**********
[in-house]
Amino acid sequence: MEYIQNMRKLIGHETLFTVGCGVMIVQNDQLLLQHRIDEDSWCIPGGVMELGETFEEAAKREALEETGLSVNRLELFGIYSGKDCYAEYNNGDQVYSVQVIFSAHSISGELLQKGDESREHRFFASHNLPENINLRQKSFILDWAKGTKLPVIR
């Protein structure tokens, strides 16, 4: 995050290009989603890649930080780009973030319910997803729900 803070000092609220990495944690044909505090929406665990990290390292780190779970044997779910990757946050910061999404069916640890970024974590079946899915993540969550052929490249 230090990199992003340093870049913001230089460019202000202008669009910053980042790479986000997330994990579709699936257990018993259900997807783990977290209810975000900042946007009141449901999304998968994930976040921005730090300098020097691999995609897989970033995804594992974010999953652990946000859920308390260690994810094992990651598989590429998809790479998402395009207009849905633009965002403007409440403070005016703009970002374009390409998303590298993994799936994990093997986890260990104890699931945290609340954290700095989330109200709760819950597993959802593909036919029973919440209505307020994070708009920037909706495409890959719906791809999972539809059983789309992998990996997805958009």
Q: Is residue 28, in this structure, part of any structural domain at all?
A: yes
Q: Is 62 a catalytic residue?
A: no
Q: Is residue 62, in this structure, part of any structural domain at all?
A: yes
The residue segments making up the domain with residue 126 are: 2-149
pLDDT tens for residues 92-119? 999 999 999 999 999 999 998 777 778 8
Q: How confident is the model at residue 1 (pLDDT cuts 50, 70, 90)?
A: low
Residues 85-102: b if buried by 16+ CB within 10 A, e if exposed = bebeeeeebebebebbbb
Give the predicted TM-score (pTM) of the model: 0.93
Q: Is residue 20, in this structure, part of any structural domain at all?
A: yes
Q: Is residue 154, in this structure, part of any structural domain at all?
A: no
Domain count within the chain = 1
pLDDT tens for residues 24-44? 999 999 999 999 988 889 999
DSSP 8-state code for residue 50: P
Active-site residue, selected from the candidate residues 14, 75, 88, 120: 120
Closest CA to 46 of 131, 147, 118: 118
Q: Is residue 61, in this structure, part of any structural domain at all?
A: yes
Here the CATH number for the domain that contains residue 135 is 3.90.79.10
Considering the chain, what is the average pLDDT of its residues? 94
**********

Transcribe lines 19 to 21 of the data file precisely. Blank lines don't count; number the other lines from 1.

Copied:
A: no
Domain count within the chain = 1
pLDDT tens for residues 24-44? 999 999 999 999 988 889 999